My guess is that, like SafeMinds, many people will start looking for ways to discredit this project before it is released. They’ve asked for it, but if the answer isn’t what they want, they will attack it.

    Again, my own views only.

  10. Narad July 12, 2014 at 00:37 #

    They’ve asked for it, but if the answer isn’t what they want, they will attack it.

    Which is one of the reasons I never get a straight answer to the basic question what the demanded signal threshold is. Let’s quote the Dachelbot: “But they’ve never done the one simple study that could settle the issue overnight.” Etc., etc.

  11. Sullivan (Matt Carey) July 12, 2014 at 05:14 #

    Well, this study may be primarily younger siblings. So we will hear “that’s not what we wanted”.

    Notice that (a) the NIH appears to have asked for and funded this project and (b) it’s been public for months now and no one has said, “no! we can’t do a vaccine/autism study!”

    After Tom Insel told everyone that this study was in the works, Jan Crandy thanked him and then Lyn Redwood spoke for some time, never acknowledging this new study.

    Lyn Redwood:
    …And the last thing I want to say, Dr. Insel, is I’d like for you to answer the last person’s question about adding vaccines to the agenda, the meeting that we had previously with Dr. Gellin. What is the status of that, because it is still an urgent issue that needs to be addressed and needs to be researched?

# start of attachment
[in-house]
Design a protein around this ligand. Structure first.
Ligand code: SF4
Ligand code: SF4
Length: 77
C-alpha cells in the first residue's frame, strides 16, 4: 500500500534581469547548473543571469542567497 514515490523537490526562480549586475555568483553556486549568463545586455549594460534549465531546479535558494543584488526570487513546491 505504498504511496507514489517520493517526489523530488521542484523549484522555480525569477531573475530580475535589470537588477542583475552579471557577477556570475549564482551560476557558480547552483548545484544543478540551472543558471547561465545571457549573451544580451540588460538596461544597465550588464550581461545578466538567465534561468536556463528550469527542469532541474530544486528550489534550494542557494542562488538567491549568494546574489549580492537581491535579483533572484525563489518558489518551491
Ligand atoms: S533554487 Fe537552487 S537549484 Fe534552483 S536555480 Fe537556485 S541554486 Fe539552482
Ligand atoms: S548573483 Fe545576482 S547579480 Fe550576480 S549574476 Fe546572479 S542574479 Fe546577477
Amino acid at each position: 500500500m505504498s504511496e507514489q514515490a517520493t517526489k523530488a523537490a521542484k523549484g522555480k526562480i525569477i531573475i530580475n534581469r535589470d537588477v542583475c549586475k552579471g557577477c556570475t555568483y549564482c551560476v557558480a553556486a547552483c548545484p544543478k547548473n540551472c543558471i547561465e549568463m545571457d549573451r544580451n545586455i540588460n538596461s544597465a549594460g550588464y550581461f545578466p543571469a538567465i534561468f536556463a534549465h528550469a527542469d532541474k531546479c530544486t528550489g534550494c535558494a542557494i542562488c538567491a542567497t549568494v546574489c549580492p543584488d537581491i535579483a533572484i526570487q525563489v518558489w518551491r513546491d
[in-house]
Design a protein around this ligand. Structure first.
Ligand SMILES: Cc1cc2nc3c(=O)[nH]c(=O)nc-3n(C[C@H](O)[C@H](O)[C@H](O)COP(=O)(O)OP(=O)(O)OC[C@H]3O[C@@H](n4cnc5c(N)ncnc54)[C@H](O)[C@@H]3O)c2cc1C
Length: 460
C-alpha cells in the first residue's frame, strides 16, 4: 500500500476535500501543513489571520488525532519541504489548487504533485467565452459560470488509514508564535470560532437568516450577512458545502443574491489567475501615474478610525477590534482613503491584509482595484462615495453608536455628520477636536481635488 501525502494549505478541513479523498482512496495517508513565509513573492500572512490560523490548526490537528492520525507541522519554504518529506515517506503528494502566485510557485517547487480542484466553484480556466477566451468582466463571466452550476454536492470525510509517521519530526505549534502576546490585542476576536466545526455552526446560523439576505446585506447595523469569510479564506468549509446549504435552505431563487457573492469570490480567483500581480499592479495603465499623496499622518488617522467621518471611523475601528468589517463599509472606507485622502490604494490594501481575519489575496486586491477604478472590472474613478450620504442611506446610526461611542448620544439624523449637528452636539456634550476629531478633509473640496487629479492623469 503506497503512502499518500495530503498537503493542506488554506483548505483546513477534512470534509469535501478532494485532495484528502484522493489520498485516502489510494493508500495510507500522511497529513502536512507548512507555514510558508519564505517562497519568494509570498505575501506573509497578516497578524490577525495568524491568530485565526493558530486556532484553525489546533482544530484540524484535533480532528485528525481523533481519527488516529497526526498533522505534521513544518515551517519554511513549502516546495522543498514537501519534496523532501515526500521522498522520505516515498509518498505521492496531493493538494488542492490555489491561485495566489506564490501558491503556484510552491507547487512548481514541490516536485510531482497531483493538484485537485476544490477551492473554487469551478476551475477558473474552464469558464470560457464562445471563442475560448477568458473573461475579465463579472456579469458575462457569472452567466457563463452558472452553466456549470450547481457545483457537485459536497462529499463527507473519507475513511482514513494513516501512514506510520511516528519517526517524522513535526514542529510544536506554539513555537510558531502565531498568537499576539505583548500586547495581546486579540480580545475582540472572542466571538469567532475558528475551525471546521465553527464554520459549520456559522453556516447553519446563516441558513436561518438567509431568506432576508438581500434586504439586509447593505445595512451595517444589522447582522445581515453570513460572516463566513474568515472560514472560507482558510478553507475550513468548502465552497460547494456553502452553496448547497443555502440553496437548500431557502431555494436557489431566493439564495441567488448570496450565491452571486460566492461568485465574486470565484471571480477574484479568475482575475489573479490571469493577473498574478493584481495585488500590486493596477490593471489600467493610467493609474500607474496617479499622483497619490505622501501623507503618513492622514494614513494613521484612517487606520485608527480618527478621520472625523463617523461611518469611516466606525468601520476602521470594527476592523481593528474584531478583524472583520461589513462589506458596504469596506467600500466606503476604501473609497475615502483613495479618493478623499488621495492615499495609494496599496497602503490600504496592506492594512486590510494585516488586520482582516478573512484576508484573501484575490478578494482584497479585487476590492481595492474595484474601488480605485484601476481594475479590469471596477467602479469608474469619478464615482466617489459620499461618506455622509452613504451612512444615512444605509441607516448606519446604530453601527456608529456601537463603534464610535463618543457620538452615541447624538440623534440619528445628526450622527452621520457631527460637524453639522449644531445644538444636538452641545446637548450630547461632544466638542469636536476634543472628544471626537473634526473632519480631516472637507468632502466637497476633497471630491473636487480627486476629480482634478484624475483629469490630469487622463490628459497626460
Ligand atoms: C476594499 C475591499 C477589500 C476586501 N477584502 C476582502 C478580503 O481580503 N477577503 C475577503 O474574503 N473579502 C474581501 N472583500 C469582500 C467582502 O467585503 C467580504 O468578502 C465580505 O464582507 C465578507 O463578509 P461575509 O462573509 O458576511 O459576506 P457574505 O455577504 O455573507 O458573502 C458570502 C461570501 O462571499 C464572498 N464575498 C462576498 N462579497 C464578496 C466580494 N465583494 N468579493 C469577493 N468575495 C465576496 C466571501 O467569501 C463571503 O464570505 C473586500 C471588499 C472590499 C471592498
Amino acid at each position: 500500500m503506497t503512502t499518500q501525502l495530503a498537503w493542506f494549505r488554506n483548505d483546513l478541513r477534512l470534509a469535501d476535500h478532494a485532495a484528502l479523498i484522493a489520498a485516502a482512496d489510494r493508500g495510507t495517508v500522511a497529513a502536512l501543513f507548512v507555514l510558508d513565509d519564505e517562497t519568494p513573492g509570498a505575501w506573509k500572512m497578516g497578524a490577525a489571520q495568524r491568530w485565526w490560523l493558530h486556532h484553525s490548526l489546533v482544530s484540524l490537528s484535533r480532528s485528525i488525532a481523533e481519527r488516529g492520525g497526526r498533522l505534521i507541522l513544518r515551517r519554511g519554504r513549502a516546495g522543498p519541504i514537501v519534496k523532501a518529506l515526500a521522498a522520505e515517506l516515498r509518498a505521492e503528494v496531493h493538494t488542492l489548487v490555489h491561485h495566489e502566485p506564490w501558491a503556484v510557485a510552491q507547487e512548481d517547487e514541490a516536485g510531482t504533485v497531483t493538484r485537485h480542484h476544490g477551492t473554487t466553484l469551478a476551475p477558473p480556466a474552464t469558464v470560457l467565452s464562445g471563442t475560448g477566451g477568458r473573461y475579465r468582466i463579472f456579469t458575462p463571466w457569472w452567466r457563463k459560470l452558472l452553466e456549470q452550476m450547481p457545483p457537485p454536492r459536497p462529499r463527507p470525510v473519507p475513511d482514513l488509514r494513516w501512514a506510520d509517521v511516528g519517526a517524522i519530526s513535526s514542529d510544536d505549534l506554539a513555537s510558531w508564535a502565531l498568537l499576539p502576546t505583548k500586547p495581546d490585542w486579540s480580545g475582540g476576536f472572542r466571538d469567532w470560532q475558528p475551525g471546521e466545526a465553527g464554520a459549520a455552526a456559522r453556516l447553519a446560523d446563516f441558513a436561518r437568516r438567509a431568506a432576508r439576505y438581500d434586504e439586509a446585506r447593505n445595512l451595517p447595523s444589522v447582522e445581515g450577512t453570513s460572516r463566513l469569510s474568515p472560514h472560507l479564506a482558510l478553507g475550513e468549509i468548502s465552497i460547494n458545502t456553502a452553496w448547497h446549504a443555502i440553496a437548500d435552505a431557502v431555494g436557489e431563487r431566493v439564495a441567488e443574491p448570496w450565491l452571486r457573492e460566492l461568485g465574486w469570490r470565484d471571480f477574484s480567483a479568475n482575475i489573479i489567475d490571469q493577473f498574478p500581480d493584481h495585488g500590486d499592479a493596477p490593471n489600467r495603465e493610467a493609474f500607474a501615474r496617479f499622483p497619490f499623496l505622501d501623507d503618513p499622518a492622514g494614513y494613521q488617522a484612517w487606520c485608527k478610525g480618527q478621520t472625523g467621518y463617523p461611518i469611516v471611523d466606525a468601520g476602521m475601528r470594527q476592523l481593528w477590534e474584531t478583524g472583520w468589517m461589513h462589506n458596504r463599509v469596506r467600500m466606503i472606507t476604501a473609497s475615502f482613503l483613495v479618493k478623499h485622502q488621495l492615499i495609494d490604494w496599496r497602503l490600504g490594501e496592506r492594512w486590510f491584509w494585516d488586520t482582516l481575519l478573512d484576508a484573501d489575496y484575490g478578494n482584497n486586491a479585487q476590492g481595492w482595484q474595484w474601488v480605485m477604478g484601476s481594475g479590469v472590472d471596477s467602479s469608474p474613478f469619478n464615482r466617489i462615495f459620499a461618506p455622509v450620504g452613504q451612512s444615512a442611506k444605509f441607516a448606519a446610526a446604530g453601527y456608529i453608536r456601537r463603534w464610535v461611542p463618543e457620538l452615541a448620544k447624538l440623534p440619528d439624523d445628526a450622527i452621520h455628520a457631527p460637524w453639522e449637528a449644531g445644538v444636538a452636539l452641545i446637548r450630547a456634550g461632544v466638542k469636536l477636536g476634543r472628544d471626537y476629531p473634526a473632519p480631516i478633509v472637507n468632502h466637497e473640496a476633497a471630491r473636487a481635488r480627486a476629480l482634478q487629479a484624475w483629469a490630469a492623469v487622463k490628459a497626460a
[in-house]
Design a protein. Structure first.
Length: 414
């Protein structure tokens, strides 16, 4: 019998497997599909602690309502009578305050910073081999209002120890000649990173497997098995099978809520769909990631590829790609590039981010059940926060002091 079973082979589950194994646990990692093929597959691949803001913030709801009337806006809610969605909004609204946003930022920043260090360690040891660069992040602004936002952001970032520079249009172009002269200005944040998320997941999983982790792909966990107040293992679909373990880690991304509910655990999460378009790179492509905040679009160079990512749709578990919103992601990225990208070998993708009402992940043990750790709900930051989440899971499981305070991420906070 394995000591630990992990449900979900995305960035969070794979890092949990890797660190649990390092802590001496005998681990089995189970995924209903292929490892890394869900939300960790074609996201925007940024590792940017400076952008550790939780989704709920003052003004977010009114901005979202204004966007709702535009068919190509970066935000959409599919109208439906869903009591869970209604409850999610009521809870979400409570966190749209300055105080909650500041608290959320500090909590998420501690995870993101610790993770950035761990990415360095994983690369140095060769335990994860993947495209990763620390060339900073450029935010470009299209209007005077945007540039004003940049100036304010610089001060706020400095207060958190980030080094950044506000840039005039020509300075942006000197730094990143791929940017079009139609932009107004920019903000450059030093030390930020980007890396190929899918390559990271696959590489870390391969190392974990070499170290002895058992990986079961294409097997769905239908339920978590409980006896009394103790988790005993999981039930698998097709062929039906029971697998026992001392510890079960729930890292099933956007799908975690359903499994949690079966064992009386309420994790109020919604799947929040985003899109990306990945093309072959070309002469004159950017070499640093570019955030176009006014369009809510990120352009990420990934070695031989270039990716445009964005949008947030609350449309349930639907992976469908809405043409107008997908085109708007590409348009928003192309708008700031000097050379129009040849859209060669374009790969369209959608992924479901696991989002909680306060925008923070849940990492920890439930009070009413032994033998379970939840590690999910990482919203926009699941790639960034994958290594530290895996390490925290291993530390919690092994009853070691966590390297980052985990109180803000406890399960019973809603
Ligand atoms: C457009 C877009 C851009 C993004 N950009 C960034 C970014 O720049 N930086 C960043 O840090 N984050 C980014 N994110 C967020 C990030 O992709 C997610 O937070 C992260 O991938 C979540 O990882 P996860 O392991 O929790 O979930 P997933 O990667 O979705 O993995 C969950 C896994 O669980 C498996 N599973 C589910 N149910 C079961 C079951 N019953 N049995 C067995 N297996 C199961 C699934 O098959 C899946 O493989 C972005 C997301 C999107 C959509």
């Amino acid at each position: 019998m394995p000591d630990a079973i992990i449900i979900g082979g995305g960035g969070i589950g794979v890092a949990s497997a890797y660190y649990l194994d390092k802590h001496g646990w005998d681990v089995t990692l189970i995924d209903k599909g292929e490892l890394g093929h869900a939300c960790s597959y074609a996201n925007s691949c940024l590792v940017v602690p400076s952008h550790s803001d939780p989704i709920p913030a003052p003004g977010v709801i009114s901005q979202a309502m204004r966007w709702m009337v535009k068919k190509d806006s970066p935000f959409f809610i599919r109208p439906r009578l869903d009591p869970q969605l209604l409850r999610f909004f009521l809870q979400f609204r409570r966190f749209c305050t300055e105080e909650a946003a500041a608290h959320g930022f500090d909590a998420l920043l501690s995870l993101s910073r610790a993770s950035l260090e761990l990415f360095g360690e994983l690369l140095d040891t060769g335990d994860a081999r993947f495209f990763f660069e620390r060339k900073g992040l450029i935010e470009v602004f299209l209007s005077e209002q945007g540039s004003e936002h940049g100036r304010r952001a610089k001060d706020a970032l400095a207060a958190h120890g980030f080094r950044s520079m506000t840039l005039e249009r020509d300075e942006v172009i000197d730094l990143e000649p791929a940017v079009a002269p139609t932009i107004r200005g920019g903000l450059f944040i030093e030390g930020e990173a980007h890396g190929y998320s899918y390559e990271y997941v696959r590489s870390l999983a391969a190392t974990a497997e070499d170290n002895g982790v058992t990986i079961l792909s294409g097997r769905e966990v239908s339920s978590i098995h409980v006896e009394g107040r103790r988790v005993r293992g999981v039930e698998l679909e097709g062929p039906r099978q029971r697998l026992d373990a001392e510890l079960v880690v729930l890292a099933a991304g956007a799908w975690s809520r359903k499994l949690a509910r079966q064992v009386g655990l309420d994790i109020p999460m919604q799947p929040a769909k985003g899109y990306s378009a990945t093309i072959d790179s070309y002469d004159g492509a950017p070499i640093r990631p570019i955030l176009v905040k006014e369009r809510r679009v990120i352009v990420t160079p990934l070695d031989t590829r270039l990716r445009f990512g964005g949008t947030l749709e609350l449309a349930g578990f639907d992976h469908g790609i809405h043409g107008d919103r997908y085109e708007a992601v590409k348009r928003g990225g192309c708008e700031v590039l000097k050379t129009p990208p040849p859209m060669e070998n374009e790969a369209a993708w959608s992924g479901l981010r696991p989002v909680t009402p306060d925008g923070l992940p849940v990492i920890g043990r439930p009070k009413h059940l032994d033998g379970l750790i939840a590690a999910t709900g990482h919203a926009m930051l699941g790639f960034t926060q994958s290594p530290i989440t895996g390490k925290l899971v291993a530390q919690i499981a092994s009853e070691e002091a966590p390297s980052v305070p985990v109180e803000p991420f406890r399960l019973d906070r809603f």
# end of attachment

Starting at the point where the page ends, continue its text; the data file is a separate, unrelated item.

Dr. Insel: Well, as I thought I said clearly, we’re just completing or have just completed a fairly large study of very much the kind of thing that the Committee at one point talked about, comparing vaccine —

    Ms. Redwood: But that’s an epidemiological study, correct? I think what the families are looking for are studies that go beyond epidemiology, that look at the children that regress with mitochondrial abnormalities after vaccinations, like Hannah Poling, and other studies that look at things beyond just an epidemiological study in a high-risk population.

    Dr. Insel: Well, this would have been a high-risk population. I don’t know that there would be mitochondrial data from any of the subjects because, you’re right, it was essentially through a health care system, so it’s a records kind of study. But it does give you a sense within a group that you would think would be high risk, whether choosing not to vaccinate as protective, choosing to vaccinate increases the risk. So I don’t think it’ll be a single definitive study, but it does provide insights that we wouldn’t have had without it. So I think we should wait and see what that looks like.